Applicants must be 21 years of age or older, though younger applicants should note that candidates should have several years of leadership experience. Candidates are sought from a variety of backgrounds with the aim of creating a group of Fellows who will work well together and offer a diversity of views and experiences. Candidates should be emerging leaders addressing issues whose resolution can have a significant positive impact on their communities, on their countries, and—collectively—on the world.

Fellowship Application Deadline: June 30, 2011. For more information or to apply.

The program is designed to enhance the efforts of emerging leaders in communities throughout the world. The program includes a three week residency in New York City (May 30-June 20, 2012) and ongoing communication before and after the residency via telephone and email. Fellows are expected to complete reading, writing and group assignments prior to their residency to maximize the value of their fellowship experience and after their residency to evaluate its impact and success. Fellows participate in an intensive immersion experience designed to address the challenges of community building in today’s world. In partnership with the Picker Center for Executive Education at Columbia University’s School of International and Public Affairs, fellows participate in classes and participatory workshops in nonprofit management, leadership, and strategic thinking.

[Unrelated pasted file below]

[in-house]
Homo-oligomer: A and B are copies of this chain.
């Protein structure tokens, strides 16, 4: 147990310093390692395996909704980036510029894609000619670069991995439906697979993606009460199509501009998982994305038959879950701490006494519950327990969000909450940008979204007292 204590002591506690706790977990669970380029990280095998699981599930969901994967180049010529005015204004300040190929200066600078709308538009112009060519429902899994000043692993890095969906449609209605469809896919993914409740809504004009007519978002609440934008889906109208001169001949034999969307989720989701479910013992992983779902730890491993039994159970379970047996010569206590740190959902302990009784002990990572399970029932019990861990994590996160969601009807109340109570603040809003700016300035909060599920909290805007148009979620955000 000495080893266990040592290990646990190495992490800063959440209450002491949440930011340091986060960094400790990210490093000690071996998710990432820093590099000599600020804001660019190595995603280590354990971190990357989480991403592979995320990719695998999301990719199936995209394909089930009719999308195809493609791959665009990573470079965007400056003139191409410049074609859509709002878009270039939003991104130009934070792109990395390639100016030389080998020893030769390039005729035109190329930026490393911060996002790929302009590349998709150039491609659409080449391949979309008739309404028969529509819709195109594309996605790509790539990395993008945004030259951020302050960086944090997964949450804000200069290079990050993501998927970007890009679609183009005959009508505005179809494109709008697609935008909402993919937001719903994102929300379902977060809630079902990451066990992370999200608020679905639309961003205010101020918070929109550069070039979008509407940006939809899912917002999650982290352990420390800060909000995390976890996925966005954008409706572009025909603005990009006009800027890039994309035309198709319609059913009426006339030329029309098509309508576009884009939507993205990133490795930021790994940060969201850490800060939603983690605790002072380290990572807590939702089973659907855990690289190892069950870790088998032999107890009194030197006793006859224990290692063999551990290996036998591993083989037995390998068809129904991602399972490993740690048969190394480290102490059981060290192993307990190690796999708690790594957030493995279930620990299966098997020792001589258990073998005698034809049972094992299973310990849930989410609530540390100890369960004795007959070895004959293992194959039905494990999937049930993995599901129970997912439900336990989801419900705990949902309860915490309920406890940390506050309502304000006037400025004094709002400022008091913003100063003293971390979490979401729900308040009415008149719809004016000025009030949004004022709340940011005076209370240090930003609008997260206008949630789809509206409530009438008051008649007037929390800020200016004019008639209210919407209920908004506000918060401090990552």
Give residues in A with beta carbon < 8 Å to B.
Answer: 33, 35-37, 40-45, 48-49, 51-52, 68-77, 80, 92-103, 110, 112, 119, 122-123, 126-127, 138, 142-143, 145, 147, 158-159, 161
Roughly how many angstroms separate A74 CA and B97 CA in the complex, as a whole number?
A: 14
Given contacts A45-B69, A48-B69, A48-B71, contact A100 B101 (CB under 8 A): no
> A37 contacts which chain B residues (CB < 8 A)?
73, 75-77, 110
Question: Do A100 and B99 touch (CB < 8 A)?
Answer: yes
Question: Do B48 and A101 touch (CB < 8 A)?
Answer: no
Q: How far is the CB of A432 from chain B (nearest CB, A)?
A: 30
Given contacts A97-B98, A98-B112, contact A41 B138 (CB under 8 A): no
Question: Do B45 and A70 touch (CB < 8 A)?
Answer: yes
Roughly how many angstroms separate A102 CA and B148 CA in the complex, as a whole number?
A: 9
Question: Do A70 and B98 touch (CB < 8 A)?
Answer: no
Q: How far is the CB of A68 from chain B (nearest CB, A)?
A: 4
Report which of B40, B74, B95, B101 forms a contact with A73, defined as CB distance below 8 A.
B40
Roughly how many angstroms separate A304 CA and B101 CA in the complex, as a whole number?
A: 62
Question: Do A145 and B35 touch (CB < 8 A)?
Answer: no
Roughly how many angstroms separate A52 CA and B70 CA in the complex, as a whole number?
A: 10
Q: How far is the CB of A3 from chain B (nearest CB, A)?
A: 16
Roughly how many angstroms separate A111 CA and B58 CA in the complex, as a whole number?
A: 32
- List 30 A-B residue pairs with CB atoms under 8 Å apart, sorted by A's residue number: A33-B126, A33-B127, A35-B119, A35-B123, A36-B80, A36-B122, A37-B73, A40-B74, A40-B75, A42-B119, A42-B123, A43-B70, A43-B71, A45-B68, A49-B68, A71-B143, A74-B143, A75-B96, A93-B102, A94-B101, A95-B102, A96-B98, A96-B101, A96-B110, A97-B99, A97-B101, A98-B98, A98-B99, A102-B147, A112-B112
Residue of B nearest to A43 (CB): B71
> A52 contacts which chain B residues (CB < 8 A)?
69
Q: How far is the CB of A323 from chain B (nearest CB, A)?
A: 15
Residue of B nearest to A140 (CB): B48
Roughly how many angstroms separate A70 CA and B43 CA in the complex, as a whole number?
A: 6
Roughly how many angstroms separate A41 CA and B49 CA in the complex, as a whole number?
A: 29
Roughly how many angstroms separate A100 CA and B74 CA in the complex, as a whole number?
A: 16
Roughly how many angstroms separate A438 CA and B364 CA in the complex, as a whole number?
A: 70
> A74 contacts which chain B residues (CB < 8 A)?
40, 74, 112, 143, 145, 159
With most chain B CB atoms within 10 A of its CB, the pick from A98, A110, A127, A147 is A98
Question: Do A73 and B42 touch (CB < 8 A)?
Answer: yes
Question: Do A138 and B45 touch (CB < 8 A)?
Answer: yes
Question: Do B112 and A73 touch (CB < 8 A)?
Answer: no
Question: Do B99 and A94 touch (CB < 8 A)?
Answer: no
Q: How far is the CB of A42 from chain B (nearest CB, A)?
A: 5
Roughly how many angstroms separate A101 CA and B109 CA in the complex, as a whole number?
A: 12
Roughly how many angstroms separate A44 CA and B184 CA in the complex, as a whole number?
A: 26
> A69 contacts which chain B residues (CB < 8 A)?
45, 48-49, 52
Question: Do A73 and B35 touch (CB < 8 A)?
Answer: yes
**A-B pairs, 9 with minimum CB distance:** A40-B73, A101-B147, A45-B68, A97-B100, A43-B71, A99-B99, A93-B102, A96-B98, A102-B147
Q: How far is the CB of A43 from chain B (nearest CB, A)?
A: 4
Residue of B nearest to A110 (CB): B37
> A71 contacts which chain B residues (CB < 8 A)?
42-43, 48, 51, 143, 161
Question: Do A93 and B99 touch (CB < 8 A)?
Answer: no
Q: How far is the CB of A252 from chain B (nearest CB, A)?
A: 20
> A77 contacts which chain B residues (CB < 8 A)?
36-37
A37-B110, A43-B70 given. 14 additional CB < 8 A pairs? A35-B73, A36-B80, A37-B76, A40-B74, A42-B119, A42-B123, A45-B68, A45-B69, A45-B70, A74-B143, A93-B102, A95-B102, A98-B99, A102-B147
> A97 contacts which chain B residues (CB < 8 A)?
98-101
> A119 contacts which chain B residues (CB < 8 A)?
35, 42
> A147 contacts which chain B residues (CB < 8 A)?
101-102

The academic curriculum is complemented by visits to model nonprofits throughout New York City and meetings with academic, business, and government leaders. The experience is enhanced by the Fellows’ residency at the 92nd Street Y, an institution founded in 1874 that has grown to serve over 300,000 people annually. At once a school, a lecture hall, a performance space, and a community organization, the 92nd Street Y is a nonprofit organization unique in the world and vital to the cultural life of New York City. The 92nd Street Y is world’s first global Jewish community and cultural center.